- Released: August 14, 2001
- Label: Norton
Living Blues - 11-12/01, p.76
"...These 28 tracks...epitomize Southern soul at its finest - and most obscure..."
- 1.Big Chief Hug-Um an' Kiss Um
- 2.Take a Chance on Me
- 3.Please Take a Chance on Me
- 4.Motha Goose Breaks Loose
- 5.Fall in Love With Me
- 6.My Name Is Hannibal
- 7.The Bigest Cry
- 8.I Need a Woman ('cause I'm a Man)
- 9.Baby Please Change Your Mind
- 10.My Kinda Girl
- 11.All Night Long
- 12.Jerkin' the Dog
- 13.In the Midnight Hour - (live)
- 14.Hymn No. 5
- 16.Shame, Shame
- 17.Trying to Make It Through
- 18.Get Back
- 19.The Right to Love You
- 20.Good Time
- 21.I Just Want Some Love
- 22.Get in the Groove
- 23.Somebody in the World for You
- 24.We're Gonna Make It
- 25.Mee Me at Mary's Lace
- 26.I'm Coming Home
- 27.The Truth Shall Make You Free
- 28.Party Life - (previously unreleased)
Compilation producers: Billy Miller, Miriam Linna.
Recorded between 1958 and 1972. Includes liner notes by The Mighty Hannibal.
Liner Note Author: The Mighty Hannibal.
Recording information: 1958-1973.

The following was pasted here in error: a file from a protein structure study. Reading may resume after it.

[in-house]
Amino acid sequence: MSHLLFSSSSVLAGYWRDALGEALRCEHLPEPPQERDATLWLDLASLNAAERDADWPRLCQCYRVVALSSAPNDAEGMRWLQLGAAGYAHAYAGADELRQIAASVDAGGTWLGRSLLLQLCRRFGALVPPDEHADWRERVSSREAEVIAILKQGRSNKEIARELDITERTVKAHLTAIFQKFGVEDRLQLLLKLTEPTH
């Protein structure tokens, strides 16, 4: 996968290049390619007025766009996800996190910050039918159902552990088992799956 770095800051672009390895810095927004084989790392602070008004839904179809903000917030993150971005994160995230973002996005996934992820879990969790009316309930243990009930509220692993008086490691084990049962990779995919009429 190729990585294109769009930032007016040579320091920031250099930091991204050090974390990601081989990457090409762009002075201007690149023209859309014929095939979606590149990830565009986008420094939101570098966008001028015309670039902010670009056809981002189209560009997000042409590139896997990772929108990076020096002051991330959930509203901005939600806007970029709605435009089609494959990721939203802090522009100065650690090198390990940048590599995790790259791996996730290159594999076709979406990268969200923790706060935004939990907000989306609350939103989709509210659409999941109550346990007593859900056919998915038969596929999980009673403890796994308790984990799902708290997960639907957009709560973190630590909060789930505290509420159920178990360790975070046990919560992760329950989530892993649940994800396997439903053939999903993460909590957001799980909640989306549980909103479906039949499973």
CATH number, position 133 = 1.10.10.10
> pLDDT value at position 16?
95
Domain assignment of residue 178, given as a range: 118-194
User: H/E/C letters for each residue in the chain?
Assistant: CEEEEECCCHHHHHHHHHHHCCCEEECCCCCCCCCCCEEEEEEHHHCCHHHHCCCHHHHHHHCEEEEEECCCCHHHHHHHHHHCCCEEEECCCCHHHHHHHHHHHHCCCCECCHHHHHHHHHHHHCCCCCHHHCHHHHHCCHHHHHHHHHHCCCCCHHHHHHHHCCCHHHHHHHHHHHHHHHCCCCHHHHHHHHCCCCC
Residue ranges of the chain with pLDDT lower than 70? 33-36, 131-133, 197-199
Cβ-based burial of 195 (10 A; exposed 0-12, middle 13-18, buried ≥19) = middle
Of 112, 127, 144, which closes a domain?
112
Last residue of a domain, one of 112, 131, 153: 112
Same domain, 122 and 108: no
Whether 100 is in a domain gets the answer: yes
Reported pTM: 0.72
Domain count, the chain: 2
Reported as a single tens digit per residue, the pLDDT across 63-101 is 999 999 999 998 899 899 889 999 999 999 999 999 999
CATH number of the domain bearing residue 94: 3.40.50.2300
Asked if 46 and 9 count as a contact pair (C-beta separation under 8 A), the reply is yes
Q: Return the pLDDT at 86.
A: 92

The first-ever CD compilation of singles from the uncompromising Mighty Hannibal features his groundbreaking antiwar hit, "Hymn No. 5," as well as minor hits like "Jerkin' the Dog" and "I Need a Woman (Cause I'm a Man)." More revealing, perhaps, is the inclusion of several early-'70s tracks that inexplicably could not find a label to release them at the time. However, the sweet and tender declaration of love "We're Gonna Make It" and the good-time party tune "Meet Me at Mary's Place" do not prepare one for the saga of "I'm Coming Home." It is now five years after "Hymn No. 5," and the soldier's younger brother is shipping out, leaving a much more chaotic America behind: Drugs and riots are destroying his home city. He has hope, though, that he will return to a better country than he left. The song is as resonant and remarkable as the similarly themed material Marvin Gaye would release the following year. The fact that this song never saw commercial release is more than a little bit telling of the indifferent music industry Hannibal was forced to contend with. Perhaps if he had the support of a label with the prestige and promotional muscle of Motown, the story would be different. Hannibal's music is classic indie soul at its best. ~ John Duffy